How the War on Drugs Increases Violence and Rewards Cartels

In the APSA Public Scholarship Program, graduate students in political science produce summaries of new research in the American Political Science Review. This piece, written by Nicole Wells, covers the new article by Juan Camillo Castillo, Stanford University and Dorothy Kronick, University of Pennsylvania, The Logic of Violence in Drug War

In 1971, the U.S government rolled out a national policy to fight drug abuse and stop the trafficking of illegal drugs. The government’s War on Drugs has failed to curb drug related violence in the United States and Latin America. Mexico estimated that 150,000 murders have occurred since 2007 and that more than 61,000 Mexicans are missing due to drug related violence. As a result, the U.S. and Mexico have continued to ramp up drug operations to decrease the flow of illegal drugs. However, a recent study by political scientist Dorothy Kronick and economist Juan Castillo shows that government policies that crackdown on drug trafficking often increases the violence they are trying to contain.

Castillo and Kronick’s study looks at unintended consequences of two typical drug-war policies: government seizures of illegal drugs, and arrests of big-name drug traffickers. Politicians often claim that these policies are effective in fighting drug cartels. Castillo and Kronick find instead that both policies drive violence. To effectively reduce violence, governments should target cartels that back out of low violence pacts.

In a formal model, Castillo and Kronick find that government seizures of illegal drugs can reduce the supply of drugs that make it to the streets—but in doing so, seizures also raise prices. And because there is often no comparable substitute for illegal drugs, higher prices may not dampen demand. In that case, drug cartels’ profits go up. This can spark turf wars, because cartels are more inclined to fight over higher profits.

The authors argue that arresting or killing drug kingpins also has unintended consequences. When cartel leaders are constantly fearful of imminent arrest or assassination, they get impatient. They care less about making profits in the distant future, and more about making money today. That also sparks conflict, increasing cartel-vs-cartel violence.

The Mexican drug war follows this logic. Before Felipe Calderón became President of Mexico in 2006, Mexican cartels forged peaceful agreements to share the drug market. At the behest of the U.S., Calderón deployed a ‘decapitation’ strategy’ that targeted cartel leaders. Shortly after, violence skyrocketed as gangs went to war. Castillo and Kronick’s research can explain how the escalation of drug policies under Calderon caused traffickers to become impatient and forgo peaceful agreements which led to increased violence.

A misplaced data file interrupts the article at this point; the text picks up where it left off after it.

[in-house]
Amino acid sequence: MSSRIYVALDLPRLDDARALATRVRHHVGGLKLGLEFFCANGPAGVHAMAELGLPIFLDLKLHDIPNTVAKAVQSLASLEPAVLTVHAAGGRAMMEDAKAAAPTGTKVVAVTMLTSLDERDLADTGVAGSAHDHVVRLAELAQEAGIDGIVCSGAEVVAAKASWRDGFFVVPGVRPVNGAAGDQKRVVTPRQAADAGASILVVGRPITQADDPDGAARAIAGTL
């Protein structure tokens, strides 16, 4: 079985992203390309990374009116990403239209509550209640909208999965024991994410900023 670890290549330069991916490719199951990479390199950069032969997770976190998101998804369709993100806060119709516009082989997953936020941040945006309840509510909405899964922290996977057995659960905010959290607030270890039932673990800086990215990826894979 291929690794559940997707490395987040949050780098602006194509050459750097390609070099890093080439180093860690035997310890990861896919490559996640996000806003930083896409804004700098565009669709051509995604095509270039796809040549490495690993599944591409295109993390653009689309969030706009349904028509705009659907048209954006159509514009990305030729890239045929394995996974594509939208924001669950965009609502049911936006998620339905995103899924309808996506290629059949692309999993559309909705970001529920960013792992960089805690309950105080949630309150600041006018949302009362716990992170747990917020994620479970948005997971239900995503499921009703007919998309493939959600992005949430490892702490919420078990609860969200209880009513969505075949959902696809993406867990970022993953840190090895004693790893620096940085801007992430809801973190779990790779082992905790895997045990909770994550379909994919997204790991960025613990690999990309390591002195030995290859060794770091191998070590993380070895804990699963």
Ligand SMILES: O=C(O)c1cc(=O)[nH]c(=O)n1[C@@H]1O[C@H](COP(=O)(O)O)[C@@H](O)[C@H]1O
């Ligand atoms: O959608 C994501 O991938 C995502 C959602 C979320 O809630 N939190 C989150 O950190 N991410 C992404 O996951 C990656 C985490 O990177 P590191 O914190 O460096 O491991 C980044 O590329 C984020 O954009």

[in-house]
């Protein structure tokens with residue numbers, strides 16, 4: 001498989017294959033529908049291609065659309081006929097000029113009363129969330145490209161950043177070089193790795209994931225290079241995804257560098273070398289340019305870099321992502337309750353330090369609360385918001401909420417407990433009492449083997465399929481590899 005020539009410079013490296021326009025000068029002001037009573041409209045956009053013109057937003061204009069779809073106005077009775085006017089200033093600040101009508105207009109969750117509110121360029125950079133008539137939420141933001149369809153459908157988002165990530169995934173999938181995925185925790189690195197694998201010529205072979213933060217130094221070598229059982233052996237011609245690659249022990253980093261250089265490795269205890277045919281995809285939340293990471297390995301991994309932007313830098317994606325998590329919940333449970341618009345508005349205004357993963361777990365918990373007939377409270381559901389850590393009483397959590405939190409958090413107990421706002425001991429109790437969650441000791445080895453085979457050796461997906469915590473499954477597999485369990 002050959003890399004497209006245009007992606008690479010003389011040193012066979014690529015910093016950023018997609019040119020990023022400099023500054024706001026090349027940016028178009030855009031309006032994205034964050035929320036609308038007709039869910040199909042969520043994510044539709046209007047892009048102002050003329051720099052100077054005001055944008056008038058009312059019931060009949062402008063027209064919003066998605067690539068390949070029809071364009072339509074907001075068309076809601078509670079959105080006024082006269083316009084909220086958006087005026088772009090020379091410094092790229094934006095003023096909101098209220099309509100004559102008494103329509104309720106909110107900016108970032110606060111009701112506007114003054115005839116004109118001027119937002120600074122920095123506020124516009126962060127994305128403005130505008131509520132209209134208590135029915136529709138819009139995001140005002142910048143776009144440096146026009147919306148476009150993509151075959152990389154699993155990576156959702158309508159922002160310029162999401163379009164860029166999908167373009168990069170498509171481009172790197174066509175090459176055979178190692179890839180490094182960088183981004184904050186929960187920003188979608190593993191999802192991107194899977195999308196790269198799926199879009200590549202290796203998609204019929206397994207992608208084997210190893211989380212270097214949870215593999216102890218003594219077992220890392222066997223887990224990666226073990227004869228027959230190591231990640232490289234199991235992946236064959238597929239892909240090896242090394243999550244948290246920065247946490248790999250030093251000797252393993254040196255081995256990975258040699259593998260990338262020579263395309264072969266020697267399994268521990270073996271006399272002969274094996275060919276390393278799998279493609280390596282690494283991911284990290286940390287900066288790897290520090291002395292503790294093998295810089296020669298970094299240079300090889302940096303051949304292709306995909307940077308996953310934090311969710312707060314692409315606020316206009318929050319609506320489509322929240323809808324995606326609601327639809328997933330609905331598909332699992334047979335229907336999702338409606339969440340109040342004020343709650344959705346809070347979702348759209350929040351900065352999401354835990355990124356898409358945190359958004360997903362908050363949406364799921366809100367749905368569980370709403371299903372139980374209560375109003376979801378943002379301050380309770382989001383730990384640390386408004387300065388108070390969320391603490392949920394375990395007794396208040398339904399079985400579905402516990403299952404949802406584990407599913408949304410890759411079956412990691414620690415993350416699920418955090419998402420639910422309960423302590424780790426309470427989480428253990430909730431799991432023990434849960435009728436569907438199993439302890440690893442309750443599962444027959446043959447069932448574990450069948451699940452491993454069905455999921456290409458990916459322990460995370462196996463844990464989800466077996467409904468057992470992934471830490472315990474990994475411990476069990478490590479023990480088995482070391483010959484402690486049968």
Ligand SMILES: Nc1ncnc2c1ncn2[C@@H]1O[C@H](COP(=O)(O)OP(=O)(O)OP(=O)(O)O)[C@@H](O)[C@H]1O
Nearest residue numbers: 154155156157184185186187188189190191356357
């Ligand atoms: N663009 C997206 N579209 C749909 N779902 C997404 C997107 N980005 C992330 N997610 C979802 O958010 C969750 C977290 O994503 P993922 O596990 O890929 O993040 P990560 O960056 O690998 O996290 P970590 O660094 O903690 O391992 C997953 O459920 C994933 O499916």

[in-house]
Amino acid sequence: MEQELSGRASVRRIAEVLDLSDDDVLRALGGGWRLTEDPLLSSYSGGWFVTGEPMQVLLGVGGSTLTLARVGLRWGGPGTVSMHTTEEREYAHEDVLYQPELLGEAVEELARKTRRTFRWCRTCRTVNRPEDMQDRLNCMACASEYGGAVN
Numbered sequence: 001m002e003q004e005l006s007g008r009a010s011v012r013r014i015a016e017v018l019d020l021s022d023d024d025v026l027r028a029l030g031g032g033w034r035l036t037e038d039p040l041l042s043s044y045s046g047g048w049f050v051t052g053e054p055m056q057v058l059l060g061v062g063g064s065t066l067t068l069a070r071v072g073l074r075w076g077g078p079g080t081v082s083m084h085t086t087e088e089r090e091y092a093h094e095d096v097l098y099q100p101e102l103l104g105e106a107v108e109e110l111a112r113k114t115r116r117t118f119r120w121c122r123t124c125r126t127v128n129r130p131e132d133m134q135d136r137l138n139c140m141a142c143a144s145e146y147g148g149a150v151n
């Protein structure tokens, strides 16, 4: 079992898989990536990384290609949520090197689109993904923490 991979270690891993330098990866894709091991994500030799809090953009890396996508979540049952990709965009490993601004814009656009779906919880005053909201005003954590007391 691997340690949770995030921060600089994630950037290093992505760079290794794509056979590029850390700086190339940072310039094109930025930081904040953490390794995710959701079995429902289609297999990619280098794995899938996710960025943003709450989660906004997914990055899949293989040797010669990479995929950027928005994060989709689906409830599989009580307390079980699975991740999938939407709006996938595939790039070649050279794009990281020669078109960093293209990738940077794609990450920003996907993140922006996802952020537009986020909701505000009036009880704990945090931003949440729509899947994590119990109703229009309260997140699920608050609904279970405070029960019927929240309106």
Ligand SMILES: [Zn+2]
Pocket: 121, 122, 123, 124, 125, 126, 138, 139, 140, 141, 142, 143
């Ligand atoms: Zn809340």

(…) Current policies in place are ineffective and undermine the goal of reducing the level of violence in cartel warfare.

To undermine rising profits and reduce the temptation to fight, the authors argue for targeted action against drug cartels. To effectively reduce violence, governments should target cartels that back out of low violence pacts. This type of policy discourages traffickers from fighting. Similarly, arresting only cartel leaders who break peaceful pacts can reduce violence, encouraging cartels to share the market peacefully.

Castillo and Kronick’s research has important policy implications for the War on Drugs. Their research shows that current policies in place are ineffective and undermine the goal of reducing the level of violence in cartel warfare. This shows that it’s time to reexamine the War on Drug’s role in exacerbating drug related violence.

 


Nicole Wells is a PhD student at George Mason University. Her research focuses on democratization, democratic erosion and authoritarianism in Europe and Eurasia. Prior to becoming a PhD student, Nicole was a Fulbright Scholar where she taught Visual Culture, American Rhetoric, and American National Identity at Transylvania University in Brașov, Romania. When she is not studying, Nicole volunteers as a museum guide with the National Women’s Party and educates the public on the NWP’s role in winning women’s right to vote. She resides in Washington, DC where she is known in her neighborhood as the crazy cat lady that walks her cat on a leash

The Public Scholarship Program was created in collaboration with the APSA Presidential Task Force for New Partnerships, and is made possible by the generous support of the Ivywood Foundation.

 

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